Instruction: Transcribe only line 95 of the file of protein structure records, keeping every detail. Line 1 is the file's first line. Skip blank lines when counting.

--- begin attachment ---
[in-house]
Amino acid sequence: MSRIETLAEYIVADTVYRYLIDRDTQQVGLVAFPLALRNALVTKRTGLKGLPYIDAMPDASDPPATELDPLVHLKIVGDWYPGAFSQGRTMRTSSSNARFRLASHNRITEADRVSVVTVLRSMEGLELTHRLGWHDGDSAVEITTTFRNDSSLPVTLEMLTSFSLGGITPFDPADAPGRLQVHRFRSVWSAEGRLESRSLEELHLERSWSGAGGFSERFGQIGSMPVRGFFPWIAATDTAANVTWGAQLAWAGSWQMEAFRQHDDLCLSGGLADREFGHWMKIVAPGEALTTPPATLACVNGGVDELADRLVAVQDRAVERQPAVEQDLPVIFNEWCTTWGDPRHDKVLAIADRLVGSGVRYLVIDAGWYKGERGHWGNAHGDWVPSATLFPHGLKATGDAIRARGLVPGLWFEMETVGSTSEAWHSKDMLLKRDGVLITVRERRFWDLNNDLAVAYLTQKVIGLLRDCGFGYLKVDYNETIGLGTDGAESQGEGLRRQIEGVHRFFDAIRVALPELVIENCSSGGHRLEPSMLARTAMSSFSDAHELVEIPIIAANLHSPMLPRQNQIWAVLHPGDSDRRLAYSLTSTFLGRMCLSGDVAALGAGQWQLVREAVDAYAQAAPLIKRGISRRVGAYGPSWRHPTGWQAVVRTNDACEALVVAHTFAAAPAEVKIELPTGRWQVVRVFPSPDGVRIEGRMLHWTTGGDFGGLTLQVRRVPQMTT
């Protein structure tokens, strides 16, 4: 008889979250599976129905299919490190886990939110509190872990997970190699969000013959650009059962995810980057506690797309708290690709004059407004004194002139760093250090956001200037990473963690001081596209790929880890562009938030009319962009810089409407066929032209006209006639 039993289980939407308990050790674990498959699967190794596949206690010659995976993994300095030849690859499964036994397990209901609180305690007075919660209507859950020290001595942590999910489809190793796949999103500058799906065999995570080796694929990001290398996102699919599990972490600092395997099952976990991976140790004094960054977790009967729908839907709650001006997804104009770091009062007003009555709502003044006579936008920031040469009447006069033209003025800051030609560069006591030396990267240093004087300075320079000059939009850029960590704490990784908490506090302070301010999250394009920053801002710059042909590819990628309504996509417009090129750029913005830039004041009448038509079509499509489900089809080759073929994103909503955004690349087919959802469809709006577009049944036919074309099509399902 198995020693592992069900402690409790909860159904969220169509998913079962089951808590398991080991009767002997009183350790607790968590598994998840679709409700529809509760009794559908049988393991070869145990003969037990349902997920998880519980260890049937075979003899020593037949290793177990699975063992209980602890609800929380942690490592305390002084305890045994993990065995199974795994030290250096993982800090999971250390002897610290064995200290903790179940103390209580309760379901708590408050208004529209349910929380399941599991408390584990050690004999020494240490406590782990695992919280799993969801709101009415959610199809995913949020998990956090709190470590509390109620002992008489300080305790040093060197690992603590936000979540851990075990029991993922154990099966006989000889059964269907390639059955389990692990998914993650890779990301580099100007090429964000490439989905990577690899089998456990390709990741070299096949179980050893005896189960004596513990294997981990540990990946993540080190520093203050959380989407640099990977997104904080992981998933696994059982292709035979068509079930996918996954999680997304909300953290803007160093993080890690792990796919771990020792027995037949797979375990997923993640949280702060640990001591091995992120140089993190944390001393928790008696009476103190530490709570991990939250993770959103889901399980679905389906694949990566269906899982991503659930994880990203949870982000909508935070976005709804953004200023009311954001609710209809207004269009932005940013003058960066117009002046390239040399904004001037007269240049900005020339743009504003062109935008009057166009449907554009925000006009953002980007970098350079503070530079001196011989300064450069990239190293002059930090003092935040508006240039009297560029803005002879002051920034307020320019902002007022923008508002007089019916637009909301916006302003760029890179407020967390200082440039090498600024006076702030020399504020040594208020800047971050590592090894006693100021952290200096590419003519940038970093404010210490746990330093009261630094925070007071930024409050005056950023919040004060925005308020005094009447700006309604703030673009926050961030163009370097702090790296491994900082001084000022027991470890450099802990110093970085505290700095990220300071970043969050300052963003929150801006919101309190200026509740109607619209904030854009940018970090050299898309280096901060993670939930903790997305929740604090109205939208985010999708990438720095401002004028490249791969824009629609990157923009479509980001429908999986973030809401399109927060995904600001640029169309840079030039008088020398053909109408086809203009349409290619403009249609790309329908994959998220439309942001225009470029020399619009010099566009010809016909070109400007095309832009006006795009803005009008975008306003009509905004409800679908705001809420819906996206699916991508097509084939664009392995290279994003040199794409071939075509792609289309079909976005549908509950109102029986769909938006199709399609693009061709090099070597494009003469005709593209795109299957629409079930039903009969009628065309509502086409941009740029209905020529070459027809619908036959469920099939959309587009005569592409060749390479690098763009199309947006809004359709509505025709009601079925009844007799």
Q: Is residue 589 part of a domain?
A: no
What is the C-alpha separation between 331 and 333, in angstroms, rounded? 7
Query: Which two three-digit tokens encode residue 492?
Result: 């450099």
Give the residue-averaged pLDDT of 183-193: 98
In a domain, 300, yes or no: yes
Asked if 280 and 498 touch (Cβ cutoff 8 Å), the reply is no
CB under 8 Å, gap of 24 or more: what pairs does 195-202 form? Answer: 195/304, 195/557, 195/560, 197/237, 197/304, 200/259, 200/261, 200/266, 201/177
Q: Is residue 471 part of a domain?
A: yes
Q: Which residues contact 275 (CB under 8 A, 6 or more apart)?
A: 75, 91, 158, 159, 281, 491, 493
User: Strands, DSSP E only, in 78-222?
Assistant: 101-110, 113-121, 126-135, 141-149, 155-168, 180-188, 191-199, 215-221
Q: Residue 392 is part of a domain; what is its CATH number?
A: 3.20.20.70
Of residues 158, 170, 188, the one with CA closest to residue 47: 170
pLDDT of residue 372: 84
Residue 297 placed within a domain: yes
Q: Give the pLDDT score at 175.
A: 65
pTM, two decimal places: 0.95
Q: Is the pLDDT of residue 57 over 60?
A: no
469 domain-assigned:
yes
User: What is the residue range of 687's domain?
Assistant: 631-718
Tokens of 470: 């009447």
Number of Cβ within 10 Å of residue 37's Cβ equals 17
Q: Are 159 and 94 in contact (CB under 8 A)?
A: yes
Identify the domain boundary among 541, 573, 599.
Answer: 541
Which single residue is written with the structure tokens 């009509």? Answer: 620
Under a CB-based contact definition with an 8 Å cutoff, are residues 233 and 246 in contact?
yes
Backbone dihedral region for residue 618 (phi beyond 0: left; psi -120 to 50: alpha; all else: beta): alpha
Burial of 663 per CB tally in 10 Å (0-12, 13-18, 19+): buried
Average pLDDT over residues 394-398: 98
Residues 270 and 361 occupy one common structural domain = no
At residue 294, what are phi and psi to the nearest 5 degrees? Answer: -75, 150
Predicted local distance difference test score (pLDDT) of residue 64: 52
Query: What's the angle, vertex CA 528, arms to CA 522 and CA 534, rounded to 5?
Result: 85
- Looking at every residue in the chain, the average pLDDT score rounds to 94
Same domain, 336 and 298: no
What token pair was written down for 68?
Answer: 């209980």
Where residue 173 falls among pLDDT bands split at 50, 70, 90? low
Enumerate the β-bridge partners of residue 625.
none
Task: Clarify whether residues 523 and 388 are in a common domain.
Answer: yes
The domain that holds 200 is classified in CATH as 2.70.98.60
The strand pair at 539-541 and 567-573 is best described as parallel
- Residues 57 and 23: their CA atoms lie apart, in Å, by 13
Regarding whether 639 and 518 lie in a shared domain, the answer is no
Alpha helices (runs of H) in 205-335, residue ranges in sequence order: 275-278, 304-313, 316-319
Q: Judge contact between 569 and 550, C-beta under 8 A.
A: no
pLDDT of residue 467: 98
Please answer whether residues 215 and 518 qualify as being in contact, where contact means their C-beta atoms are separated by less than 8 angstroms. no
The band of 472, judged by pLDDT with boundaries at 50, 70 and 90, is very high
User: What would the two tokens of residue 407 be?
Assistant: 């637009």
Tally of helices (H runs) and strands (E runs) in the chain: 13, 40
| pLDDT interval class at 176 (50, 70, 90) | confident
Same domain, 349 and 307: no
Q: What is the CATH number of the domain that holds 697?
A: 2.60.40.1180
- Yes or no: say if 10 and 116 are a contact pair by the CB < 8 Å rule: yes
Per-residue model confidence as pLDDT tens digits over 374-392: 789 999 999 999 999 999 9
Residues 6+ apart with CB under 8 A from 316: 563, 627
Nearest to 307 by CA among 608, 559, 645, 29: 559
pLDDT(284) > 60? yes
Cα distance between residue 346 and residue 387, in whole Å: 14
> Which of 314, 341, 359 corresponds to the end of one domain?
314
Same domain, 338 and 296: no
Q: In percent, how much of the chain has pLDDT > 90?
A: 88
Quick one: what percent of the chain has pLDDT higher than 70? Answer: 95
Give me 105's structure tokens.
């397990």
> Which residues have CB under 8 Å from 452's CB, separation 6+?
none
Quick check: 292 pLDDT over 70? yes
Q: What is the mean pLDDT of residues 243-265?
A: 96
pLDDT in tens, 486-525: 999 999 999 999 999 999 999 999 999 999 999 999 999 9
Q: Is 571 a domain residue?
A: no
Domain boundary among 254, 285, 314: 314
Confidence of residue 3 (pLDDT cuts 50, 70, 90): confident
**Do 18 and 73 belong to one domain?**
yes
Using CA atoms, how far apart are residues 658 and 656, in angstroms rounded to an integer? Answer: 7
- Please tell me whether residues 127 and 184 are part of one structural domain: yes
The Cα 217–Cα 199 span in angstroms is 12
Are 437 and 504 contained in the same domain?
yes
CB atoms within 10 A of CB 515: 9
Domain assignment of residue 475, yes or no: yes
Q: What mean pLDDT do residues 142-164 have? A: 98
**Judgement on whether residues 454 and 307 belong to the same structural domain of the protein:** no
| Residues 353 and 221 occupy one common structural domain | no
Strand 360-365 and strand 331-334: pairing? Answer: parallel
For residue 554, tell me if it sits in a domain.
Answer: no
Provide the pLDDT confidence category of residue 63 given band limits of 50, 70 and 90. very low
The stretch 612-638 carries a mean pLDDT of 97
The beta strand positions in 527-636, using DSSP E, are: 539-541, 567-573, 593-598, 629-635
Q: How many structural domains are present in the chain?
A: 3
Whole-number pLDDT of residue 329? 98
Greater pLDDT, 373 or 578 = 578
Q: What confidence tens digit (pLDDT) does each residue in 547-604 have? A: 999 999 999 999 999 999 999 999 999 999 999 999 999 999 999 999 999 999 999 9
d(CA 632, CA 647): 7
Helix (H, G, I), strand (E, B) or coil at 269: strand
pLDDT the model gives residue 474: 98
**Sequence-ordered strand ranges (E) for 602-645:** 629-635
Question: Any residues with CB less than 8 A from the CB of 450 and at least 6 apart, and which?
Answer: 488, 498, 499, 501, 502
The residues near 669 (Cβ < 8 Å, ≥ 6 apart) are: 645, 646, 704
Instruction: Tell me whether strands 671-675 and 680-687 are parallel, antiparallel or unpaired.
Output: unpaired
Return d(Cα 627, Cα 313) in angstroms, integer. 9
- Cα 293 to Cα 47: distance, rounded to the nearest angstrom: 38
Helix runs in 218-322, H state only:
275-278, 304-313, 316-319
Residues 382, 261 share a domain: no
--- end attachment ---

pLDDT in tens, 486-525: 999 999 999 999 999 999 999 999 999 999 999 999 999 9